How long is too long to wait for a reply?

We have all been in the situation where we have been exchanging messages back and forth with someone, only to find they have either stopped replying or their responses come through some time after we have sent the message. The question that has arisen since technology became such a huge part of our romantic lives is what is this person's intent? Do they take a while to respond because they are busy? Do they take a while to respond because they want to execute certain rules or is it simply that they are only mildly interested, if at all?

There is no clear cut answer nor an objective view but research and years of individual's insights make the most likely case for someone taking their time to reply is because they are just not that into you. The only way to demonstrate an interest in someone is to communicate with them and build a connection with them. Nobody wants to date a game player nor someone who is unavailable. There may be moments that we enjoy the chase, but the fundamental elements that we are all looking for in a relationship is equality, honesty, respect, friendship and to a certain degree control.

Discussing some of these factors may help us address why we may try to elongate our communication with someone, despite them not doing the same.  When we speak about equality in romantic relationships it means that a relationship has a better chance of working if both individuals put in similar amounts of effort, quality of time and feel as if they are getting a fair exchange of these features. This follows the Social Exchange theory.  According to the social exchange theory; a person who feels that the cost of his or her romantic relationship outweighs its benefits will most likely leave the relationship [1]. Thibaut and Kelley (1959) outlined this premise through a number of stages in the development of relationships. This includes the first stage of a sampling, through to bargaining what you want, to commitment and finally institutionalisation. It is in the second and third stages where attraction to the other person will increase if the costs of being in a relationship are reduced.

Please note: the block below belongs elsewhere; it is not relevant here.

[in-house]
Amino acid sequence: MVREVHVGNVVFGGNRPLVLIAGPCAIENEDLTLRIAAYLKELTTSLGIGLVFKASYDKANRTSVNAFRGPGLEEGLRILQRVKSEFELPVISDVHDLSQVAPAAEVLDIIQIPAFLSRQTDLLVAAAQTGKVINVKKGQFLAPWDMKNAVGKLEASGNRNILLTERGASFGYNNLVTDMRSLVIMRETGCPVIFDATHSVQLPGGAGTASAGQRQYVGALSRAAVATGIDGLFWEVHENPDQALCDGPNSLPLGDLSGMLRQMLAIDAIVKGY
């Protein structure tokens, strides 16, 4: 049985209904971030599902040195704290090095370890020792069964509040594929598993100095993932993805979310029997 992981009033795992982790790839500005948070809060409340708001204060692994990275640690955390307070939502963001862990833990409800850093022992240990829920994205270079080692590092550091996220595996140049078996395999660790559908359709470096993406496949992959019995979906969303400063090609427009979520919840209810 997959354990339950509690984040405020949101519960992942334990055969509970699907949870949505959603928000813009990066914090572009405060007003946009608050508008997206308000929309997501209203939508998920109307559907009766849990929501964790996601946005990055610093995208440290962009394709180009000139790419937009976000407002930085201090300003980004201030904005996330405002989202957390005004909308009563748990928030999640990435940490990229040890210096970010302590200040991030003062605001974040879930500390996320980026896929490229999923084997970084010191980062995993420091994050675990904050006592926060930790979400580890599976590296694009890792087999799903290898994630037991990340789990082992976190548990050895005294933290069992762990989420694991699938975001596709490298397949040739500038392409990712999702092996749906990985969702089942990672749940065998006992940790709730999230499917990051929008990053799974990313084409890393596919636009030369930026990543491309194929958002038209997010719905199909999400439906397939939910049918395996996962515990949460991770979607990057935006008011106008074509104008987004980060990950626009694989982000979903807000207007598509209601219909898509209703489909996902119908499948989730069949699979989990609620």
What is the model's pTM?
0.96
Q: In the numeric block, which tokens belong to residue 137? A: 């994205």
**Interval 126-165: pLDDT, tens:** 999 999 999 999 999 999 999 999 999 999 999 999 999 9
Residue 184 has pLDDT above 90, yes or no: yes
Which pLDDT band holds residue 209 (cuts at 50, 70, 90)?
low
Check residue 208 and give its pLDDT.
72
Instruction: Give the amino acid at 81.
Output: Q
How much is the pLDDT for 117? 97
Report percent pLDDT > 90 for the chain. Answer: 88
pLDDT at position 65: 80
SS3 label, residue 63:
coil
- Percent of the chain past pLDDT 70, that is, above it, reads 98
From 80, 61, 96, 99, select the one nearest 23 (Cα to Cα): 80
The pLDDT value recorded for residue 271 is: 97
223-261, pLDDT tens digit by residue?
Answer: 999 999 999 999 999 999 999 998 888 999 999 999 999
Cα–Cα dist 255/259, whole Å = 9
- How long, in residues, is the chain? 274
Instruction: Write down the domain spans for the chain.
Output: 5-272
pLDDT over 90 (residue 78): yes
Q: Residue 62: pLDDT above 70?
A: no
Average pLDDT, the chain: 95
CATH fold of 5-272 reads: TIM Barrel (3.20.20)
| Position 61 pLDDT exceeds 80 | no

Honesty is also a contributing factor. We need to be honest not only with those we are communicating with but also with ourselves. Sometimes we may know that someone is uninterested but as they reply every now and then we use this as evidence to support the fantasy relationship we have created. This is where most of the confusion occurs as often others supply us with signals of their interest or disinterest and it is down to us to identify them. Essentially we need to be honest with ourselves and in most cases this will prevent us wasting time on unfulfilling relationships. In regards to control, it is a basic human trait related to survival and in relation to successful relationships it is a necessity as both partners need to feel secure and as if both of their needs are being met.

Furthermore, any successful romantic relationship has at least an element of friendship and there lies the question; would you want your friend to feel ignored, undervalued or unappreciated? The answer should be no and therefore if someone is taking a while to respond without any specific reason e.g. travel, work commitments, then you can assume that person does not value your time or see a potential future with you. The initial chase may ignite an interest but the consequent exchanges will speak volumes in regards to someone's attitude towards you. So to answer the question how long is too long to wait for a reply, it depends on whether you feel the elements aforementioned are being met and you are honest with yourself. Ask yourself, are your needs being met, are there other external factors effecting their ability to communicate or are they just uninterested? 

 

References

[1]https://psychcentral.com/encyclopedia/social-exchange-theory/

Thibaut, J. W. & Kelley, H. H. (1959). The Social Psychology of Groups. New York, USA: Wiley.